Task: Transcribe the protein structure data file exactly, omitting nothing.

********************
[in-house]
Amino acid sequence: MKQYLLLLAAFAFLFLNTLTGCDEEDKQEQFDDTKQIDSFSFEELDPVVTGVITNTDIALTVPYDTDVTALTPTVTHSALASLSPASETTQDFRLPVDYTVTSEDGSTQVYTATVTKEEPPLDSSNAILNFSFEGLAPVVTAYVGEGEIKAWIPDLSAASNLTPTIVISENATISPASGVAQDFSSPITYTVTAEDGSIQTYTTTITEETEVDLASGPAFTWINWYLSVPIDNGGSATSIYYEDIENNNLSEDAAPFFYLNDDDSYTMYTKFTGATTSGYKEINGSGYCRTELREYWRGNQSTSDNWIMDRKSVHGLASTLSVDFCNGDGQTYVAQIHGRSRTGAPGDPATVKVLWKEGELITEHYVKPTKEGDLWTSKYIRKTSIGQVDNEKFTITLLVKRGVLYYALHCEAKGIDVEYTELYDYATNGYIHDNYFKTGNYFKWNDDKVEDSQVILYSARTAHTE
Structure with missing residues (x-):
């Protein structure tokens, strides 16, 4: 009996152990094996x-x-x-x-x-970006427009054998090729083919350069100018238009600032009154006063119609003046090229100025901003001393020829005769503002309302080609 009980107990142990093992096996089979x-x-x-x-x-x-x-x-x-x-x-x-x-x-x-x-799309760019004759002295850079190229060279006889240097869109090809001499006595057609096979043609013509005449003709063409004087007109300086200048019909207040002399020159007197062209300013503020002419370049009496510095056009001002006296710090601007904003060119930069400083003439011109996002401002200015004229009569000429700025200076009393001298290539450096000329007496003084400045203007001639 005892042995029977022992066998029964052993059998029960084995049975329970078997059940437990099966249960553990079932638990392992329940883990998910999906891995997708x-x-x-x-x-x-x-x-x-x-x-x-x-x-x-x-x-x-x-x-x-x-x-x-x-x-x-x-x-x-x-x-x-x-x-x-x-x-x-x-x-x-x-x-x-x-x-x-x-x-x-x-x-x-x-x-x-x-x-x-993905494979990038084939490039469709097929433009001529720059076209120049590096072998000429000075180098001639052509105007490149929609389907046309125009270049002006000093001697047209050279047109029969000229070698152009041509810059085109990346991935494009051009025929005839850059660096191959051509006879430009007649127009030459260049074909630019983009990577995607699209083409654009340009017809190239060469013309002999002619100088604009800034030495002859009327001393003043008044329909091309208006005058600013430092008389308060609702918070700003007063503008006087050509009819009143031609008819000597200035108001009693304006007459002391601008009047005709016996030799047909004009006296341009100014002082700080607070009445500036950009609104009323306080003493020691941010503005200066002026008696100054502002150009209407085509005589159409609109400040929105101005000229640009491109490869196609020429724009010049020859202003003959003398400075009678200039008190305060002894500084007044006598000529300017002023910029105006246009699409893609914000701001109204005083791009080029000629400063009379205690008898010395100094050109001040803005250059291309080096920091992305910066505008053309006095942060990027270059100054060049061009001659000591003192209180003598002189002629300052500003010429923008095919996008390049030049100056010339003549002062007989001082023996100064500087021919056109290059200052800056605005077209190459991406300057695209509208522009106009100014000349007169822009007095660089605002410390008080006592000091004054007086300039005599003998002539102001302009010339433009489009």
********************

[in-house]
Amino acid sequence: MKQYLLLLAAFAFLFLNTLTGCDEEDKQEQFDDTKQIDSFSFEELDPVVTGVITNTDIALTVPYDTDVTALTPTVTHSALASLSPASETTQDFRLPVDYTVTSEDGSTQVYTATVTKEEPPLDSSNAILNFSFEGLAPVVTAYVGEGEIKAWIPDLSAASNLTPTIVISENATISPASGVAQDFSSPITYTVTAEDGSIQTYTTTITEETEVDLASGPAFTWINWYLSVPIDNGGSATSIYYEDIENNNLSEDAAPFFYLNDDDSYTMYTKFTGATTSGYKEINGSGYCRTELREYWRGNQSTSDNWIMDRKSVHGLASTLSVDFCNGDGQTYVAQIHGRSRTGAPGDPATVKVLWKEGELITEHYVKPTKEGDLWTSKYIRKTSIGQVDNEKFTITLLVKRGVLYYALHCEAKGIDVEYTELYDYATNGYIHDNYFKTGNYFKWNDDKVEDSQVILYSARTAHTE
Structure with missing residues (x-):
């Protein structure tokens, strides 16, 4: 009996152990094996x-x-x-x-x-970006427009054998090729083919350069100018238009600032009154006063119609003046090229100025901003001393020829005769503002309302080609 009980107990142990093992096996089979x-x-x-x-x-x-x-x-x-x-x-x-x-x-x-x-799309760019004759002295850079190229060279006889240097869109090809001499006595057609096979043609013509005449003709063409004087007109300086200048019909207040002399020159007197062209300013503020002419370049009496510095056009001002006296710090601007904003060119930069400083003439011109996002401002200015004229009569000429700025200076009393001298290539450096000329007496003084400045203007001639 005892042995029977022992066998029964052993059998029960084995049975329970078997059940437990099966249960553990079932638990392992329940883990998910999906891995997708x-x-x-x-x-x-x-x-x-x-x-x-x-x-x-x-x-x-x-x-x-x-x-x-x-x-x-x-x-x-x-x-x-x-x-x-x-x-x-x-x-x-x-x-x-x-x-x-x-x-x-x-x-x-x-x-x-x-x-x-993905494979990038084939490039469709097929433009001529720059076209120049590096072998000429000075180098001639052509105007490149929609389907046309125009270049002006000093001697047209050279047109029969000229070698152009041509810059085109990346991935494009051009025929005839850059660096191959051509006879430009007649127009030459260049074909630019983009990577995607699209083409654009340009017809190239060469013309002999002619100088604009800034030495002859009327001393003043008044329909091309208006005058600013430092008389308060609702918070700003007063503008006087050509009819009143031609008819000597200035108001009693304006007459002391601008009047005709016996030799047909004009006296341009100014002082700080607070009445500036950009609104009323306080003493020691941010503005200066002026008696100054502002150009209407085509005589159409609109400040929105101005000229640009491109490869196609020429724009010049020859202003003959003398400075009678200039008190305060002894500084007044006598000529300017002023910029105006246009699409893609914000701001109204005083791009080029000629400063009379205690008898010395100094050109001040803005250059291309080096920091992305910066505008053309006095942060990027270059100054060049061009001659000591003192209180003598002189002629300052500003010429923008095919996008390049030049100056010339003549002062007989001082023996100064500087021919056109290059200052800056605005077209190459991406300057695209509208522009106009100014000349007169822009007095660089605002410390008080006592000091004054007086300039005599003998002539102001302009010339433009489009």